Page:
Remember, a few years back, when a lot of hybrids hit the market? The prospect of combining a gas engine with an electric motor was a good idea, but the launches of some of those cars didn’t fare as well as they should. Prices were quite high, and people wanted the best bang they could get for their hard-earned dollars.
Nowadays, these cars can We can find these cars in the used automobile ads in papers and online. The best part about it is that we can own them for a fraction of the price they were when they were brand new on the car lots. Here are five hybrids that you could own today for an affordable price.
Nissan Altima Hybrid
The Altima is the first gas/electric combined vehicle Nissan built with the help of Toyota’s technology. It had a 2.5L 4-cylinder gas engine running with 158 hp along with a 650-volt, 40 hp electric motor.
Since they typically could get about 33 mpg combined, these cars would fit in well with our modern versions of fuel-efficient cars. They were only sold in a limited number of states, and we knew they used many for patrol cars and taxis. But, if you can locate one with low miles, you would have a gem on your hands that should run you in the ballpark of $7,000-$8,000.
Chevy Malibu Hybrid
The Chevy Malibu started making their hybrids for the 2008-2009 years. After that, they discontinued them until 6 years later when the newly revamped hybrids hit the market in 2016. Since then, Chevy has made some impressive runs each year, updating them as needed. As of 2019, they’re still going strong.
Performance for the Malibu hybrid was highly rated, which might be why we don’t see too many used ones around. You might have to look hard for them, but they’re well worth it. With their 1.8L Inline four-cylinder engines, they got 46 mpg combined, at least for the 2016 models. The older 2008 versions saw around 32 mpg combined with their 2.4L Inline gas engines.
Lexus HS 250h
The HS was one hybrid that Lexus discontinued in 2012. They marketed this car to a luxury style group. But, it ultimately got compared to the Prius that had better gas mileage and was much cheaper. The luxury package they focused on was great, but it didn’t justify it being over $10,000 more than the Toyota’s Prius model.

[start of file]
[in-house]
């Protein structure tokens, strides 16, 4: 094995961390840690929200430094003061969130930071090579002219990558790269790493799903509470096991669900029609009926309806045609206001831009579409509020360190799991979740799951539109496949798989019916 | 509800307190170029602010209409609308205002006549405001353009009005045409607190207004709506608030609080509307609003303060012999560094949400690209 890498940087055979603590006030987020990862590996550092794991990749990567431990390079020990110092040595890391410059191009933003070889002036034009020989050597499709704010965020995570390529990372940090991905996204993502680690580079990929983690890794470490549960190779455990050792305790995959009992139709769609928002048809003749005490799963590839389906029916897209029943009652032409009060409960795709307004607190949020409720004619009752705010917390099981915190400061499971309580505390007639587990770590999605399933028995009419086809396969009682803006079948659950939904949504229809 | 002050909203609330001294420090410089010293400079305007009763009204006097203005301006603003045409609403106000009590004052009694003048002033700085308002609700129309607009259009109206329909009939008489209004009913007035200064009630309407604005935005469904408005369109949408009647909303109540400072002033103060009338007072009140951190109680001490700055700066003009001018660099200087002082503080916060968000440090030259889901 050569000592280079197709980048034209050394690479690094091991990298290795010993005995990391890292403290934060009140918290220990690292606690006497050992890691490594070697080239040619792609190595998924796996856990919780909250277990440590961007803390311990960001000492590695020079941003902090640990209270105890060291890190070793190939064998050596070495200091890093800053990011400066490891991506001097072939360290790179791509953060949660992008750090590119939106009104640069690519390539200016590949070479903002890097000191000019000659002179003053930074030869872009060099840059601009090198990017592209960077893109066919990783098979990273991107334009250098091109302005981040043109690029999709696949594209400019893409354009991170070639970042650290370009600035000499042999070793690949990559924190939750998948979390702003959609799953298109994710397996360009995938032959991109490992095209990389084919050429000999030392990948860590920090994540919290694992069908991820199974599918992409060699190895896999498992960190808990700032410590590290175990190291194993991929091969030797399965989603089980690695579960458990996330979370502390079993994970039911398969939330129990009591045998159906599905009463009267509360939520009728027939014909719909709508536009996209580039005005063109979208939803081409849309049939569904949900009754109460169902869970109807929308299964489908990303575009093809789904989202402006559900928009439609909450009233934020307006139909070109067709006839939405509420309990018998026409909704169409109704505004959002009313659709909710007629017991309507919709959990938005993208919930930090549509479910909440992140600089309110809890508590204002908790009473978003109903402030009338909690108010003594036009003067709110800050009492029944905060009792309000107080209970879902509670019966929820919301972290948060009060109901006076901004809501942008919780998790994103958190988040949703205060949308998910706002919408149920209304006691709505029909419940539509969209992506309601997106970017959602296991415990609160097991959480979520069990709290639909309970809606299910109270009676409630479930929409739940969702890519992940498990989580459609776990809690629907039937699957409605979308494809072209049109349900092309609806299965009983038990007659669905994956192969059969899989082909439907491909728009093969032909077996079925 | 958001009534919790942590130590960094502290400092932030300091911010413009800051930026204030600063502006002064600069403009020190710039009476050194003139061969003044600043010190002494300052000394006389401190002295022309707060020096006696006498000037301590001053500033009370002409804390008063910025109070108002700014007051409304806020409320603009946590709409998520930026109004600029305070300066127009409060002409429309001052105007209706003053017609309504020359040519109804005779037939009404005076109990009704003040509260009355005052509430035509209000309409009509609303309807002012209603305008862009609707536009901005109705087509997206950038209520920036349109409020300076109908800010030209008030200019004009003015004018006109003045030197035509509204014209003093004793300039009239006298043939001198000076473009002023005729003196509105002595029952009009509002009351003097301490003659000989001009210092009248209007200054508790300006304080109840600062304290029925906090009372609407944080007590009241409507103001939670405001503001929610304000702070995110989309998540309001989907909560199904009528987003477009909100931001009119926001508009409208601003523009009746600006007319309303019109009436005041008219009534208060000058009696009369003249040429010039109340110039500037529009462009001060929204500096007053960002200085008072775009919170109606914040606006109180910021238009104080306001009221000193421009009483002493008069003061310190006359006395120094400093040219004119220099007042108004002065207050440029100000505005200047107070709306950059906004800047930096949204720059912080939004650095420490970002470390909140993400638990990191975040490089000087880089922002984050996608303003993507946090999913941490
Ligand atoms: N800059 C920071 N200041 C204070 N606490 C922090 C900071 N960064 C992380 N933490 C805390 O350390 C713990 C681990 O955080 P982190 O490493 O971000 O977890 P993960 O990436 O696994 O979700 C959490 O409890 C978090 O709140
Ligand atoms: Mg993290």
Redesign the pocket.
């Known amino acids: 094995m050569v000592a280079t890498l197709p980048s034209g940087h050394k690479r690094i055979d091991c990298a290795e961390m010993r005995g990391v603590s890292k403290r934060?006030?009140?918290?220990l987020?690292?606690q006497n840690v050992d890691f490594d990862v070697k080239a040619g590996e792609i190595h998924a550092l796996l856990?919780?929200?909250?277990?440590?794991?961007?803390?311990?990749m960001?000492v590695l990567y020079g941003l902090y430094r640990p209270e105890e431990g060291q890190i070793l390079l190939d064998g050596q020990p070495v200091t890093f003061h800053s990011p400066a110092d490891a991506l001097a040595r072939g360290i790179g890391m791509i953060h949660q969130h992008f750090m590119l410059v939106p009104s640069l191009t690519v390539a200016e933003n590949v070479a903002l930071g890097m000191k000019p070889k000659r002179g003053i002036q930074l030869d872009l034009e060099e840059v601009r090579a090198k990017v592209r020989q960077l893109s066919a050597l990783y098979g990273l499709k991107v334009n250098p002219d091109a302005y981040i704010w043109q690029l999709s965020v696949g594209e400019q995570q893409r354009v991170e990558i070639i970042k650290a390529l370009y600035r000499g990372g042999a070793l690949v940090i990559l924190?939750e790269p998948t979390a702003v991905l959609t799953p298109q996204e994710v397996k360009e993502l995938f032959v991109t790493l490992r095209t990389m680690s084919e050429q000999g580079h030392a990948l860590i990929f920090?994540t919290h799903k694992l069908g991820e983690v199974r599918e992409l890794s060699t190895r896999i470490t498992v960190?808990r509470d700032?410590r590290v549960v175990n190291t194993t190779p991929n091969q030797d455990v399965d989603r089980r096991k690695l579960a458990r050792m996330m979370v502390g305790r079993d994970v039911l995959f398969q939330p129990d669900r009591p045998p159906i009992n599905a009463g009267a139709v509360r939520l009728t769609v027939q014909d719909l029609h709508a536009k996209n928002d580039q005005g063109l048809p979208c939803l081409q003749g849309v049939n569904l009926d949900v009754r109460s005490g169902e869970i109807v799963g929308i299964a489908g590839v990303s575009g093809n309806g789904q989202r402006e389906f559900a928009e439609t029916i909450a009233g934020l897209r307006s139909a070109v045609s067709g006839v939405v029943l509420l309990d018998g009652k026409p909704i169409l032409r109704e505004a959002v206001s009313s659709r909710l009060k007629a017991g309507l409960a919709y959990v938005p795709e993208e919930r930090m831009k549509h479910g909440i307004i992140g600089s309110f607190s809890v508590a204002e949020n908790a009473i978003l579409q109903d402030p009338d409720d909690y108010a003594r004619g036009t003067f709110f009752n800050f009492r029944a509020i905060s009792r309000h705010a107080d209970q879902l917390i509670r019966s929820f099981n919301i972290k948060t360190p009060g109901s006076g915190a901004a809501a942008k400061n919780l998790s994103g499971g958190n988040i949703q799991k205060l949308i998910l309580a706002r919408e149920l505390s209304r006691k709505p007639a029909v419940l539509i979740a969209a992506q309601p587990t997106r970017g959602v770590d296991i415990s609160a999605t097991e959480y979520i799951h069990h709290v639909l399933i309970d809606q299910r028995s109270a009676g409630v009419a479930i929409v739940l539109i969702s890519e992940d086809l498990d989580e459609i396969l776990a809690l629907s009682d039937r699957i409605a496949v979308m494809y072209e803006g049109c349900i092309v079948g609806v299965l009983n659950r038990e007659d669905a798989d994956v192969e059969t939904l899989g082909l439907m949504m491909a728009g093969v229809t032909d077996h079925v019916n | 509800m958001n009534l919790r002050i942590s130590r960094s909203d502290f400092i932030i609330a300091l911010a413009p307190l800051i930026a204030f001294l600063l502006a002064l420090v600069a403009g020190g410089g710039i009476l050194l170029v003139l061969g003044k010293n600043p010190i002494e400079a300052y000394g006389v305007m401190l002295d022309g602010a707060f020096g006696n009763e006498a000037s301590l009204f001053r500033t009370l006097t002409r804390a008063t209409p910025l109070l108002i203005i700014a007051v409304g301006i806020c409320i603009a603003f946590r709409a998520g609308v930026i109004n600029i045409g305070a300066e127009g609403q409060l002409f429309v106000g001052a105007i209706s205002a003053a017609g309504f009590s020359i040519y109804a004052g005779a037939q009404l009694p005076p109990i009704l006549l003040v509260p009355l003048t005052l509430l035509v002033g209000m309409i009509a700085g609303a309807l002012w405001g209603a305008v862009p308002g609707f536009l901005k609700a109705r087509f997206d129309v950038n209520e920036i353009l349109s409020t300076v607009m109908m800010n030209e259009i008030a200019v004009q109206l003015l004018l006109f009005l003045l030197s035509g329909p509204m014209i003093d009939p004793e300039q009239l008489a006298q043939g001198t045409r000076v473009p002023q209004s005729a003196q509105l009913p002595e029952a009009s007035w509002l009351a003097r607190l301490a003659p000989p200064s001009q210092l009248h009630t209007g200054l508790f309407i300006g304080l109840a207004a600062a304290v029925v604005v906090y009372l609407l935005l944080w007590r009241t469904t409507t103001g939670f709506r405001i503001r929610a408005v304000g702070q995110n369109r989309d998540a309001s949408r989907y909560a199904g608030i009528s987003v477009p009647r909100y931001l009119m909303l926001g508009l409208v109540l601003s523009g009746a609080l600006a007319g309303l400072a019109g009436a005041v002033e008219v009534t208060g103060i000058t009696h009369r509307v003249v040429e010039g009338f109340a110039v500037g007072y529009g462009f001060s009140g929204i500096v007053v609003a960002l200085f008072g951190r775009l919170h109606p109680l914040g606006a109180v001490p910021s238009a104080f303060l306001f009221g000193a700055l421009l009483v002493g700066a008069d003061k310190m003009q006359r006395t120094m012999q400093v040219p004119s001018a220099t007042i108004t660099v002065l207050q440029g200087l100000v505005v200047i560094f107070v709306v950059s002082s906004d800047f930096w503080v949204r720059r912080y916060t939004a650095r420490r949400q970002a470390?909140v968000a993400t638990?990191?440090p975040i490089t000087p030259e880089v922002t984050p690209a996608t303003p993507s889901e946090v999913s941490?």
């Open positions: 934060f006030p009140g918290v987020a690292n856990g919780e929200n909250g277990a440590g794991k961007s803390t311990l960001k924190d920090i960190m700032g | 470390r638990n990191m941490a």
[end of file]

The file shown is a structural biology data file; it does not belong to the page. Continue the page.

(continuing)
People, at that time, were hungry for the high-rated fuel economy cars, and the Lexus just didn’t deliver as they hoped. Nowadays, however, mileage rates fall a little further down the list of vehicle needs, so the Lexus HS should fit right in today.
Back in 2010, Honda delivered the first line of their CR-Z hybrids. They marketed them as a successor to their coveted CRX models, but they, unfortunately, didn’t rise to the hype. The 130 hp engine didn’t give much get-up and go, and it didn’t matter if you paired it with a CVT or manual transmission. So, sales were dismal for the CR-Z. Honda discontinued it in 2016.
Now that the only ones you see on car lots today are in the used section, they don’t seem half bad. Mileage isn’t terrible at 39 combined for the 2016 model, and it is a Honda, so you know it will be well built.
VW Jetta Hybrid
Volkswagen dropped its hybrid right when they pushed their company into a more electrified future. The Jetta, with its gas/electric combo, brought 44 mpg combined to the table. The car was lightweight and handled well, so it was a disappointment to many that VW closed its production line on the Jetta Hybrid in 2017.
Today, the Jetta Hybrid would be a nice addition to anyone’s family. Prices for one that has lower miles, and still in decent condition should fall between $8,000-$10,000.
Most hybrids went out as fast as they came onto the market. Sales disappointed automakers, but their quality build, and high gas mileage ratings don’t disappoint us. The cars listed here are only a small representation of what you could find in the used market today.